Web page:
NYALA, SUDAN – In Sudan’s sprawling Camp Kalma, people who fled the Darfur conflict are overjoyed at a pledge by the country’s new authorities to finally deliver ex-President Omar al-Bashir to the International Criminal Court.
Bashir, who was deposed in April 2019 following mass protests, has for the past decade flouted ICC arrest warrants on charges of genocide and war crimes in the ravaged Darfur region of western Sudan.
Sudan’s transitional authorities agreed last Tuesday to transfer him to stand trial before the court based in The Hague.
“There was rejoicing across the camp after people heard al-Bashir is being handed over to the ICC,” 65-year-old Adam Ali, a longtime resident of Kalma camp in Nyala, capital of South Darfur state, told AFP.
Darfuris and rebel groups have repeatedly demanded al-Bashir be handed over to the ICC over alleged war crimes in a conflict which according to the United Nations left 300,000 people dead and displaced 2.5 million others.
Local community leader Yaqoob Mohamed said the decision was “a victory for the victims” and would go a long way toward “rebuilding trust” with the leadership in Khartoum.
Hundreds of thousands of those displaced by the conflict that broke out in 2003 in Darfur, a vast region made up of five states, still live in camps and remain dependent on aid provided by the UN and other international organizations.
The conflict erupted when African minority rebels rose up against al-Bashir’s Arab-dominated government in Khartoum, which they accused of marginalizing the region.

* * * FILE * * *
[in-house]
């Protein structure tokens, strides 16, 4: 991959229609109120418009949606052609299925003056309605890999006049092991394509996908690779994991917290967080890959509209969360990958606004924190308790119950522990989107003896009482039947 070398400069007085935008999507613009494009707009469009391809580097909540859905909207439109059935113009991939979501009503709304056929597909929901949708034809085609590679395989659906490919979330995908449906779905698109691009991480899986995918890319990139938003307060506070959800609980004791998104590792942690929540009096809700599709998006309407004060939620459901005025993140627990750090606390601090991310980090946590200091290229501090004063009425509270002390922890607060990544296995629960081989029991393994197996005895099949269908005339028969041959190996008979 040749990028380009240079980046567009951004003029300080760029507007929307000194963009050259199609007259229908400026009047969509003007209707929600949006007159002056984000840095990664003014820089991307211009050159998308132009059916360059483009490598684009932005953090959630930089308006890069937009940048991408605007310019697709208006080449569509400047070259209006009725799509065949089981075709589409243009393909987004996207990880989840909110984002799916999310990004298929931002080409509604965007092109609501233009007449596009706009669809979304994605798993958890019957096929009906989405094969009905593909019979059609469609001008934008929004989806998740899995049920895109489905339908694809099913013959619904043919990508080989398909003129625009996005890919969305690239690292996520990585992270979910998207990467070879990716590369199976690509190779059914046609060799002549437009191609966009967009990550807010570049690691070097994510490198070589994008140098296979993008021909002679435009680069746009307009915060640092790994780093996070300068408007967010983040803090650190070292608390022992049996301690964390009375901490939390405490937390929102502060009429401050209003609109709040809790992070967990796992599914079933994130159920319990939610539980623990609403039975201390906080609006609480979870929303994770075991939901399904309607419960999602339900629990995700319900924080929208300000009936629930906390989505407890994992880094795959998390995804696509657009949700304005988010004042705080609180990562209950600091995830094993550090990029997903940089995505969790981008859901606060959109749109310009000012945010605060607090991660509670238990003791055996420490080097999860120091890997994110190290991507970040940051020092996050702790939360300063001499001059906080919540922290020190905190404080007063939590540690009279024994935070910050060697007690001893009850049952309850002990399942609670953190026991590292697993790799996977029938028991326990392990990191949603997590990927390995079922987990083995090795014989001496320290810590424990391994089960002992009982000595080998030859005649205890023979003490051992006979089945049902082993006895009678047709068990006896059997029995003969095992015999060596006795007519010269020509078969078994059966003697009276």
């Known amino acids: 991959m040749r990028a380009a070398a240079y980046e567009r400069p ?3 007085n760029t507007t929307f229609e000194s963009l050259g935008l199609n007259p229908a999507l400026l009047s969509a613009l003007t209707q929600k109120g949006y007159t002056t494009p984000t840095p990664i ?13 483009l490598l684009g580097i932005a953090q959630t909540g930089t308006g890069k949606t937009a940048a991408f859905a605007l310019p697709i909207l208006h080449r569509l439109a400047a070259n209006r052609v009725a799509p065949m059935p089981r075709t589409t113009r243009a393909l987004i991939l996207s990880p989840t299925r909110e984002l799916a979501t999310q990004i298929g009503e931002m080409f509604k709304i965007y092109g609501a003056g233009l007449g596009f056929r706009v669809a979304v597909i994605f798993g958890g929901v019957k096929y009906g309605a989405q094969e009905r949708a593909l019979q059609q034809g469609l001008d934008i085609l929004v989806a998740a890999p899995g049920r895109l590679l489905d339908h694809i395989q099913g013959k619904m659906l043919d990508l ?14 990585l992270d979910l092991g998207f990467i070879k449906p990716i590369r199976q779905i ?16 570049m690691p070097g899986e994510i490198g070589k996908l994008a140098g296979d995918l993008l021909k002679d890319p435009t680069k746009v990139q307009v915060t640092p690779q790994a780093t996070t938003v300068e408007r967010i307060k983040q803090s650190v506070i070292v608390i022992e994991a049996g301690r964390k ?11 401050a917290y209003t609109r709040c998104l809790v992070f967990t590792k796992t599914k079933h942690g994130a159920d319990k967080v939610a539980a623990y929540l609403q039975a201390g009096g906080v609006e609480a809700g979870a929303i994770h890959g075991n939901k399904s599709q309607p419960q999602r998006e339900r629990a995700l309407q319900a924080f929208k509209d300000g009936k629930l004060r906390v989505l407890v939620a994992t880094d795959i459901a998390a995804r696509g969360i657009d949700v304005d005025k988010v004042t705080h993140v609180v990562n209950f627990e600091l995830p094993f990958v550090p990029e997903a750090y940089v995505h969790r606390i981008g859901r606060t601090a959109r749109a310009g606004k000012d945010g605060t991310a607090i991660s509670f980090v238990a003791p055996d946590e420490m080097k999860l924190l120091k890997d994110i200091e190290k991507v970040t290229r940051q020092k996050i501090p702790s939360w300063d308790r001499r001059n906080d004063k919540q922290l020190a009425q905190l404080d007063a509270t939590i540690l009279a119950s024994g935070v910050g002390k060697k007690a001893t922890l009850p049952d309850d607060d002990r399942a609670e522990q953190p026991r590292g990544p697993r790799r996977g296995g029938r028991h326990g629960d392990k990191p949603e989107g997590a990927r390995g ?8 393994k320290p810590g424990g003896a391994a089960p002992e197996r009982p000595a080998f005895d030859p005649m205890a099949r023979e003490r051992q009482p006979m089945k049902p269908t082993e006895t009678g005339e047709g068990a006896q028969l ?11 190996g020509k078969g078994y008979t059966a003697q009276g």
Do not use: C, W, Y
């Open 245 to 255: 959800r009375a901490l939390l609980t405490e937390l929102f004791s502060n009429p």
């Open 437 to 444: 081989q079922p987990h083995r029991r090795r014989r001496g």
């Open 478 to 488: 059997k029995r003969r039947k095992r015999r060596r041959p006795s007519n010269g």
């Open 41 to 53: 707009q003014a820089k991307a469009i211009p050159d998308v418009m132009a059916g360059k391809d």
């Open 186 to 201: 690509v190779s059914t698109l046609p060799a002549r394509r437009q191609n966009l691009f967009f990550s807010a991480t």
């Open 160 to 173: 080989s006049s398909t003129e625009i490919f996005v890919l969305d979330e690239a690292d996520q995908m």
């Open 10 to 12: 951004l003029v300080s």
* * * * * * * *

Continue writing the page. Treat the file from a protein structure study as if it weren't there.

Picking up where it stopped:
To crush the rebellion, Bashir’s government unleashed an armed militia of mostly Arab nomads known as the Janjaweed, who have been accused by rights groups of “ethnic cleansing” campaigns and widespread rape.
Thousands of the militiamen were later incorporated into Sudan’s paramilitary Rapid Support Forces, led by commander and current political power-broker, Mohamed Hamdan Dagalo, who is known as Hemeti.
The decision to surrender al-Bashir to the ICC came after protracted talks between rebel groups, including from Darfur, and Sudan’s ruling body, which took power after al-Bashir’s ouster and arrest.
Three of his aides, including former defense and interior ministers, are also to be handed over to the court, although a time frame has not yet been announced.
“If Bashir and his aides are not handed to the ICC, peace will never find its way to Darfur,” said Hassan Issac, another Darfuri living in Kalma.
Hassan Isaac Mohamed, a 72-year-old Darfuri, said he felt “relief” in the wake of a war that had decimated his family, killing his father and two brothers.
Government spokesman Faisal Mohamed told reporters on Wednesday that “details of how Bashir and others will be presented in front of the ICC will be discussed with the ICC and armed groups.
Rights groups such as Amnesty International are pressing for a swift handover of the toppled strongman.
Since its creation in August, Sudan’s transitional government has been pushing to forge a peace settlement with rebel groups and to end conflicts across the country.
It has promised accountability and kept al-Bashir in Khartoum’s Kober prison on a string of charges including corruption.
In December, the veteran leader was sentenced to two years in a community reform center over accusations of illegally acquiring and using foreign funds.
He was removed from power after street protests against his rule broke out in December 2018 triggering unrest that left dozens dead, hundreds wounded and thousands jailed.
“We were relieved when Bashir fell but now we feel like we can finally start to recover from the impact of war,” said camp resident Jamal Muhammed.